The suspension system absorbs shock and vibration from the road so your body doesn’t have to. Suspension also plays a critical safety role by working to continuously keep all four tires on the ground for maximum traction, braking, and steering capability.
Related Services & Repair
Ball JointCV Boot CoverCV Half ShaftCV JointCoil SpringFront Control ArmInner Tie RodLeaf SpringPower Steering PumpPower Steering FluidPower Steering HoseShock AbsorberSteering RackSteering Rack BootStrutSway BarSway Bar BushingThrust Rod BushingsTie Rod EndWheel AlignmentWheel Bearing
2 Suspension Systems Designs
In a car with independent suspension, each individual wheel moves up or down independently without affecting other wheels. There are two main independent suspension designs:
- Double-arm control uses two triangular control arms, one above and one below each wheel, to attach it to the chassis. The arms move vertically, and ball joints with spindles attach both arms to the wheel hub. Between each lower control arm and the underside of the frame is a coil spring wrapped around a shock absorber; the two work together to smooth the car’s ride over even the bumpiest of roads.
- McPherson strut—not to be confused with a dance move—is a design common on European vehicles. It uses a single control arm that is attached to the lower side of the steering knuckle. A weight-bearing strut and coil spring are attached directly to the top of the steering knuckle.
Both double-arm and the McPherson suspensions use sway bars to transfer movement from one side of the car to the other to prevent it from flipping over in a turn. The sway bars are attached to the chassis by sway bar end links and sway bar bushings.
The second design, a live (solid) axle, moves up and down like a see-saw, affecting the height of the wheel on the opposite side. Although less adept at maintaining traction, this type of suspension is stronger and more common on rear axles, and is especially common on trucks.
Live axle designs commonly use leaf springs rather than coil springs, shocks, or struts. Although this arrangement doesn't effectively provide a comfortable ride, it better distributes loads evenly, which is why this type of suspension is generally found on trucks and larger vehicles.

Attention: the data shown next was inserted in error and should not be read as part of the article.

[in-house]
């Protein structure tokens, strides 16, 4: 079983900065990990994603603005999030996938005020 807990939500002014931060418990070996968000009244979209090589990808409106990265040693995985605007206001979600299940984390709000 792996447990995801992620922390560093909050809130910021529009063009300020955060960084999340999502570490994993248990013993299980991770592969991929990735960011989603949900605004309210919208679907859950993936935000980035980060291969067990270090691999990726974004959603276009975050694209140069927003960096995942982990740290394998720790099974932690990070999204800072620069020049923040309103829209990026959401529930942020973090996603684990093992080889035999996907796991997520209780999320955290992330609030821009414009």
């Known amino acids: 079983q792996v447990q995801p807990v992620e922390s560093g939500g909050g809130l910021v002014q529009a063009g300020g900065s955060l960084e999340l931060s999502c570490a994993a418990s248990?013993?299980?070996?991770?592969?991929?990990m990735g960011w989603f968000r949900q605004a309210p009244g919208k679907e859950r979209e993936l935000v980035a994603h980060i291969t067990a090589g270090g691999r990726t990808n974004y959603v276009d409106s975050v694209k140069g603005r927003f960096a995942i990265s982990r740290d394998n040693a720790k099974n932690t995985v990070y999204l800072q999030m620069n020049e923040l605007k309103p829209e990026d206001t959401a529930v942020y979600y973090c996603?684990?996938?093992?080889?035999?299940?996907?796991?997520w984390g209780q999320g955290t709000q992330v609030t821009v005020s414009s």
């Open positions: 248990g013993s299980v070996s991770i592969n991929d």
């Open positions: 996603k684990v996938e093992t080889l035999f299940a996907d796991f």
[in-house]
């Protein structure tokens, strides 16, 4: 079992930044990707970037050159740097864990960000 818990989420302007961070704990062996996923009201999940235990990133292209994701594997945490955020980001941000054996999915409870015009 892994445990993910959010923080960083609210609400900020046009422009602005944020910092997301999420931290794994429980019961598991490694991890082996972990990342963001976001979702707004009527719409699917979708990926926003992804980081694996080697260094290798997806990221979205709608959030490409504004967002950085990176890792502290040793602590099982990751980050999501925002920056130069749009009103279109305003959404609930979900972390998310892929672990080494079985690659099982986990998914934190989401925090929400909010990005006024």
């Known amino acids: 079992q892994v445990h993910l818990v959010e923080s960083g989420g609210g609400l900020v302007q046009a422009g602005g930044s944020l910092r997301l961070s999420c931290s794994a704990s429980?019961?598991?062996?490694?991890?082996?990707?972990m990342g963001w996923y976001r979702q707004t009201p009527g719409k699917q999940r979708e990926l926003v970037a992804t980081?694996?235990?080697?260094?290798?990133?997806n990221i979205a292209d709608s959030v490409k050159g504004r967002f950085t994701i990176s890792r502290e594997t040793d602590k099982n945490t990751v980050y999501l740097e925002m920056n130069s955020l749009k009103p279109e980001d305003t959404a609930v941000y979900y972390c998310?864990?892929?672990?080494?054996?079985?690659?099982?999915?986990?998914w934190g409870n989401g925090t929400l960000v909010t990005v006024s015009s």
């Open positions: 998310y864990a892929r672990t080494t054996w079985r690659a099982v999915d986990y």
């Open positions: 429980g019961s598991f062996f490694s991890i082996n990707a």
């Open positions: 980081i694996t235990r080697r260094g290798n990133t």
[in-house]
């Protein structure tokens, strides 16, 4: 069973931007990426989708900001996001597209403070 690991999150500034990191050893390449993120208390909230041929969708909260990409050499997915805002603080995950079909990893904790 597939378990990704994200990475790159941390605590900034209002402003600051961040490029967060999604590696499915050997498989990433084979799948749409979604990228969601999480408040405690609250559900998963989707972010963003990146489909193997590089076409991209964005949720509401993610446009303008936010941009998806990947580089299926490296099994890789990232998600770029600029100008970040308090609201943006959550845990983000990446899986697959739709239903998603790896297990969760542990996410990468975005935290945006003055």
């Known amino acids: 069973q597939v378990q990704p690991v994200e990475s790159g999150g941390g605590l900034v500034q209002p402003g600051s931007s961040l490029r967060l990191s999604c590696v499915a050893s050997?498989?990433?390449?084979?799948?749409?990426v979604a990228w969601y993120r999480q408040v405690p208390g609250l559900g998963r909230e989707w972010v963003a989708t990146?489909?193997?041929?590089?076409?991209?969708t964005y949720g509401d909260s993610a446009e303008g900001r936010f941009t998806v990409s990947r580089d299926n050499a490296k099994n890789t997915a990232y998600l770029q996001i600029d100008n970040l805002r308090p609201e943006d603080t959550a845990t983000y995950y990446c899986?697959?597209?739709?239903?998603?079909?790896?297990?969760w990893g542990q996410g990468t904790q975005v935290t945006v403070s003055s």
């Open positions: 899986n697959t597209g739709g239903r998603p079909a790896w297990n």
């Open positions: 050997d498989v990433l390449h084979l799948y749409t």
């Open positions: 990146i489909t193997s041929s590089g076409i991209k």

Most cars use a rack-and-pinion steering system in which the steering wheel turns a steering shaft that is connected to a pinion gear. This gear moves a steering rack left and right. The rack has two arms attached to it called tie rods, which connect to the steering arm and steer the wheels.
Recirculating-ball steering, often found on larger vehicles, has a design much like a nut and bolt. The bolt is a worm gear, which is attached to the steering shaft. But unlike a bolt, when the worm gear turns, it remains stationary. The nut, or ball nut rack, is a threaded block that moves forward and backward. The ball nut rack is connected to a pitman arm, which moves tie rods to turn the front wheels. Between the threaded block of the ball nut rack and the worm gear are little steel balls, which recirculate to reduce friction and wear, and remove slop from the steering.
Power steering can be found in both systems. It uses hydraulic power to provide mechanical assistance to steer the vehicle. Power steering systems use belt-driven pump and pressurized steering fluid carried through hoses to push a cylinder and exert extra force on the steering rack. It makes moving the wheels almost effortless for a driver.